This might also be the moment to tell you that names in the account that follows have been changed. Nancy is beyond minding or even registering the fact that she's the subject of what you might call an unauthorized biography, and changing names provides only a tissue- paper- thin layer of anonymity, but it feels right, nonetheless.
A lot of what follows is taken from unedited diaries, which accounts for the use of the present tense and also for the emotional rawness of some passages. While filling the diaries, I used some of the entries in a newspaper piece I wrote about Nancy. It was straightforward and at moments graphic about her problems (and ours), and this didn't go down well with online commentators. Their chief complaint had to do with my having written intrusively about my mother- in- law without her consent. Even by then Nancy was long past the point of being able to consent to anything; she found the choice of Weetabix or cornflakes baffling enough. Intellectual competence aside, the argument remains that what ever the truth about rights, it's in bad taste to write in such unsparing detail about another's decline. The daughter of former British prime minister Margaret Thatcher has been pelted with rebukes since disclosing her mother's dementia. Her critics insist that the disease should be "kept in the family," which is only a short hop from suggesting that it's stigmatizing and shameful. Tony Robinson, the actor who played Baldrick on the popular BBC show Blackadder, was accused of something similar when he let UK Channel 4 make a documentary about his mother's last weeks. His response was robust: no, quite the opposite; he was proud of the program. There's a public ser vice element to allowing media access, even if it might appear to the viewer to be cloaked in voyeurism. Those of us who have loved ones embarked on the dementia journey - and it is a journey, with clearly defined stages - publicize the details of their decline not despite our love, but in large part because of it. In some cases, the love is shared with the nation at large. In the case of Ronald Reagan, the announcement of his Alzheimer's disease by means of an open letter in 1994 (a poignant and brave last message that marked the end of his public life) prompted a whole new national surge of affection for the former U.S. president.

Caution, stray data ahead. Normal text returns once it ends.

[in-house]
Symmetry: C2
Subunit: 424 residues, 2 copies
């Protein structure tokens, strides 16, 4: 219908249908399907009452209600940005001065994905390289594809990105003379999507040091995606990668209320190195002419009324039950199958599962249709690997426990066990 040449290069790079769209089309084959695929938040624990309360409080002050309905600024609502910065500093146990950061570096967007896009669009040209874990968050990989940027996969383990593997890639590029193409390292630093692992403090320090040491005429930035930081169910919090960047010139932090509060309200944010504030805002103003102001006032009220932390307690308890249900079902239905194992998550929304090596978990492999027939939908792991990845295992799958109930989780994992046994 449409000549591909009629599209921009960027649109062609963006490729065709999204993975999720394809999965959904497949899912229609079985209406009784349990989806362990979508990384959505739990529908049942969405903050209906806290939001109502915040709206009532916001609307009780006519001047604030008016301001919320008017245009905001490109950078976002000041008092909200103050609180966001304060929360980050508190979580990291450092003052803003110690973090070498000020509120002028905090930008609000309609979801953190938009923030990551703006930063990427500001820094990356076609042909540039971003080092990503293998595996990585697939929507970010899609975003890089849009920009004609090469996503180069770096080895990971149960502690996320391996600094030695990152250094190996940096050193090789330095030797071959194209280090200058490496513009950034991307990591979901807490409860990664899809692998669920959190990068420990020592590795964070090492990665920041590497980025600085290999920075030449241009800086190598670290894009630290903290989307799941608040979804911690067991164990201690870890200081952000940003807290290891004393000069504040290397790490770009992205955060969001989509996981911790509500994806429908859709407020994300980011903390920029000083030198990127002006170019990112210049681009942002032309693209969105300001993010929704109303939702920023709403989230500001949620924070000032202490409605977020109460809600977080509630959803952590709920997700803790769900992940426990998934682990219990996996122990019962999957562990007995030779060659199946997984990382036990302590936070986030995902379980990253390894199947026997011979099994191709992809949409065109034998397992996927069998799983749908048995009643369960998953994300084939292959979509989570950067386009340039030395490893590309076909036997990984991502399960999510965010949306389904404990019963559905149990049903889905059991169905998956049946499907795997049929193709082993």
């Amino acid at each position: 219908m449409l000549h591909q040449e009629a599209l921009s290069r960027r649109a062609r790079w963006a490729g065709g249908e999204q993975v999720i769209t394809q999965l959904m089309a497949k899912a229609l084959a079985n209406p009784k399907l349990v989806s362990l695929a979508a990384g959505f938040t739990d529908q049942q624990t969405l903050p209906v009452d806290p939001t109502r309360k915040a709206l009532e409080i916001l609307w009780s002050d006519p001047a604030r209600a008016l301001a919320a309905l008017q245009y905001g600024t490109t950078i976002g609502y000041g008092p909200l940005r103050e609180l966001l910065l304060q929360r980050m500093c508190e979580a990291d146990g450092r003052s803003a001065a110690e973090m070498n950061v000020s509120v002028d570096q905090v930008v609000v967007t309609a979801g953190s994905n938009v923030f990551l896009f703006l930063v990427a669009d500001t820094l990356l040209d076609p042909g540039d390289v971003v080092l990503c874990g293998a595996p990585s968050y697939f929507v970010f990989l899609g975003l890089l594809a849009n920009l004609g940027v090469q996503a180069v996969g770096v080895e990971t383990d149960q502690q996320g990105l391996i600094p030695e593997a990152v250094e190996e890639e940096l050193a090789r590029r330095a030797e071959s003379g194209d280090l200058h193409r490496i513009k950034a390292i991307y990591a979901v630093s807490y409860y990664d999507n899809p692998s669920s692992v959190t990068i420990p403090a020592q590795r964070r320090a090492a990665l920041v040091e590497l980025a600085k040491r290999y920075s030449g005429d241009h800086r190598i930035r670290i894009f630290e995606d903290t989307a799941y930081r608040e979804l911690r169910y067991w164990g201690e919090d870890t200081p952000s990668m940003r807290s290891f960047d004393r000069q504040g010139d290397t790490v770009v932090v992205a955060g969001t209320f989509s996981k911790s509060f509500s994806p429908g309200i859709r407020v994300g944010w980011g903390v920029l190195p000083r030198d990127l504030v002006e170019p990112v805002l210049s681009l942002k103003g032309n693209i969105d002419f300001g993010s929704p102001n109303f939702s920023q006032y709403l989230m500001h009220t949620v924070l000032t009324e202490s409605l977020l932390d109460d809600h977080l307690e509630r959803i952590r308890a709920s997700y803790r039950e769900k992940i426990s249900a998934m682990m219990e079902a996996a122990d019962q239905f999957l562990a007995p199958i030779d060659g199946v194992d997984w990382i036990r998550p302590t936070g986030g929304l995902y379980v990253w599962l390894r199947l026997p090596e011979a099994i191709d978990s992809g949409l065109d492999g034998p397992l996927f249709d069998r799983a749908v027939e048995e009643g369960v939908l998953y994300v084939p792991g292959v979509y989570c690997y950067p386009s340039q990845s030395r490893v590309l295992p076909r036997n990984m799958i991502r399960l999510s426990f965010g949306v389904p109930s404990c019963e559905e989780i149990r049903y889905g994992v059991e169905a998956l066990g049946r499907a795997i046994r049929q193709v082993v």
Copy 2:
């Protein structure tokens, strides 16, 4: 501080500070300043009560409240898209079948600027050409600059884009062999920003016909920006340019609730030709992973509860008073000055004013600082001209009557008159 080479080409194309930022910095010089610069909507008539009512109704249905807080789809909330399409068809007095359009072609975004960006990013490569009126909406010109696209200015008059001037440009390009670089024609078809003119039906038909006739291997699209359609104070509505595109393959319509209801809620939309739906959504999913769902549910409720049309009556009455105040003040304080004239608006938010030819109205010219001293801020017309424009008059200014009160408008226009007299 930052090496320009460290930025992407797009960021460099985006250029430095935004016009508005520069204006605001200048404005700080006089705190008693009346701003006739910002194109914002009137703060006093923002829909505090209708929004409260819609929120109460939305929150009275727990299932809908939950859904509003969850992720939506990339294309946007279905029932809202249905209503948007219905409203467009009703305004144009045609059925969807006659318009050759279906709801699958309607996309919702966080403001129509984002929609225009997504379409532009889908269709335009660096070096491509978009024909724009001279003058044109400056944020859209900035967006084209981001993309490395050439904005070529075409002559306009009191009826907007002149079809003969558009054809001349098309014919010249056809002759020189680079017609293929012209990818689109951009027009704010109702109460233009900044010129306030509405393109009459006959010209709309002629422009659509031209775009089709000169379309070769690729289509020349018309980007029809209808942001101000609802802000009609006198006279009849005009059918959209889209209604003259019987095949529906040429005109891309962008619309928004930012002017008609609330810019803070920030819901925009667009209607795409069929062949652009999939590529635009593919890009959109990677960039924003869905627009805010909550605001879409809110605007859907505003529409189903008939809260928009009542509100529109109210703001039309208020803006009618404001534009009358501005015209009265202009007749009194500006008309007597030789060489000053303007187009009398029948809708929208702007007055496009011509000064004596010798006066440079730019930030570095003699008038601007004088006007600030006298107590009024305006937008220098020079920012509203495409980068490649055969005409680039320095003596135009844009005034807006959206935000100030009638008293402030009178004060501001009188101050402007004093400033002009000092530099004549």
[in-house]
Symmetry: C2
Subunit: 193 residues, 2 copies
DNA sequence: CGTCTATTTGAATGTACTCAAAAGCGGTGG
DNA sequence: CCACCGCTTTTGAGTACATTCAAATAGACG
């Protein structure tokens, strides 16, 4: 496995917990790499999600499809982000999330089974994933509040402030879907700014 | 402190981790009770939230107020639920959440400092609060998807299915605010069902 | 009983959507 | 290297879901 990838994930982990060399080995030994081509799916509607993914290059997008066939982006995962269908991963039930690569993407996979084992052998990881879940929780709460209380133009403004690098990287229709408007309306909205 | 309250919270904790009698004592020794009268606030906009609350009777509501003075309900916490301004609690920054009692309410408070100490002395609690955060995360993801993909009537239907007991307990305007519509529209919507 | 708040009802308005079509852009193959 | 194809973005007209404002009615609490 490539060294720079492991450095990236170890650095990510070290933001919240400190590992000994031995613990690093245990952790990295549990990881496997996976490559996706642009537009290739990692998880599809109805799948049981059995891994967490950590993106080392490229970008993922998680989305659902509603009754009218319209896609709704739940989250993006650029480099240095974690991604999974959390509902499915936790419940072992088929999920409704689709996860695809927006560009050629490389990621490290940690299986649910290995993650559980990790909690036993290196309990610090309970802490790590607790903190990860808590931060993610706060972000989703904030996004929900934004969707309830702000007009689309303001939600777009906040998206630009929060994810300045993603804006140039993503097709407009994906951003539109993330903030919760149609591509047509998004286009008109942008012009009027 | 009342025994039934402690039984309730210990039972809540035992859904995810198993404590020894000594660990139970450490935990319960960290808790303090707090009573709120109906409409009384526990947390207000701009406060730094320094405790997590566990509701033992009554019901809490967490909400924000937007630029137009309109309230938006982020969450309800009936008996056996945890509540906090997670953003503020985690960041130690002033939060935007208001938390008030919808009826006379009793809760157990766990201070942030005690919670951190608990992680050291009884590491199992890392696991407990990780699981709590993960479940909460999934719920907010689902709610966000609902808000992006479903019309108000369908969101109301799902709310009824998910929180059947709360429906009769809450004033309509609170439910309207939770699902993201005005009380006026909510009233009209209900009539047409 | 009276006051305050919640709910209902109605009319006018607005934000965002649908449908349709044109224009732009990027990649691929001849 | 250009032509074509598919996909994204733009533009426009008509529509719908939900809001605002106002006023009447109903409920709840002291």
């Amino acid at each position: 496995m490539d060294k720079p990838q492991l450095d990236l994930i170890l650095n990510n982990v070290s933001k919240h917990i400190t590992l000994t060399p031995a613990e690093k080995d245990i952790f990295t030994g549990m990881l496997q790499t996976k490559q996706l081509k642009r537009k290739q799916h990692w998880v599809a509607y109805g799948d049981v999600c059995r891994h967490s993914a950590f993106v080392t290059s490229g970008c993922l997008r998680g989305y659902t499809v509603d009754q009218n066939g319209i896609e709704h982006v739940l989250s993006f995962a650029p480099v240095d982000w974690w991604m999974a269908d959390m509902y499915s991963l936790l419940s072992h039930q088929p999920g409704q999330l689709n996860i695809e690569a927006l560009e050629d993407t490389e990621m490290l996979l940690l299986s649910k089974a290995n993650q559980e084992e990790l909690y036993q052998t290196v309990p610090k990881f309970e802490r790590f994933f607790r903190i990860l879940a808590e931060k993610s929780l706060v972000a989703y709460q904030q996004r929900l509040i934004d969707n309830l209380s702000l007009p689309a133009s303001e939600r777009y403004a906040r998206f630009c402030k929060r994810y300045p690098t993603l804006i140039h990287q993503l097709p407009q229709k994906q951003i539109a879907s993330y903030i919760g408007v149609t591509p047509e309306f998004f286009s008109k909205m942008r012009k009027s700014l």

Science still isn't sure precisely what triggers Alzheimer's, though things are moving so fast that the mystery may be solved by the time you get to read this. (In fact, the pattern in the last few years has been that they move fast and get nowhere much.) What's uncontroversial is that Alzheimer's brains show the presence of two weird and provocative things: (1) a wild overproduction of beta-amyloid, a naturally produced and usually soluble protein, contributing to sticky blobs called plaques and (2) the knotting and snagging of the tau protein that forms the "rungs" in the communication ladders within brain cells into tangles. The race is still on to determine what the definitive cause is.
An adult brain has about 100,000 million nerve cells, individual neurons that each look rather like the branching root of a tuber pulled out of the ground - tubers of different shapes according to flavor. A good analogy, put forward by the Oxford professor Susan Greenfield, is to think of the brain as the Amazon rain forest inside your head. In the Amazon rain forest's 2.7 million square miles, she says, there are about 100,000 million trees. Imagine all that foliage condensed into the size of a cauliflower within your skull: 100,000 million tiny trees, making a dense neuron forest. Our memories and our thoughts travel through the forest as encoded electrical signals. The "roots" of the neuron are called dendrites (from the Greek for treelike), and its stalk (trunk) is called an axon. The information comes in to the neuron via the dendrites, into the soma (cell body) - that's the front door - and then goes out the back door, travels up the axon, along parallel lines of communication called microtubules, and out the other end at branches called synaptic terminals. This information moves, in tiny leaps, from axon to dendrite, from one neuron to the next. How does it do that? For a while there were two camps of conjecture, spark versus soup. The sparkers, who believed in an electrical leap, lost out in the end to the soupers, who thought that the constituency of the soup was key. The spaces at which the crossing is made are called synapses, though they're more like ports than spaces - ports at which clusters of neurotransmitters are waiting as a chemical transport system. Subsequent research has shown that there are indeed electrical as well as chemical synapses in the brain, though the electrical ones are heavily outnumbered. The number of dendrites and synapses varies hugely according to the neuron's function, but on average a neuron is thought to have around 7,000 synaptic terminals. Multiply that by 100,000 million and the mind begins to boggle.
Copyright © 2010 by Andrea Gillies
From the book Keeper by Andrea Gillies, published by Broadway Books, a division of Random House, Inc. Reprinted with permission.
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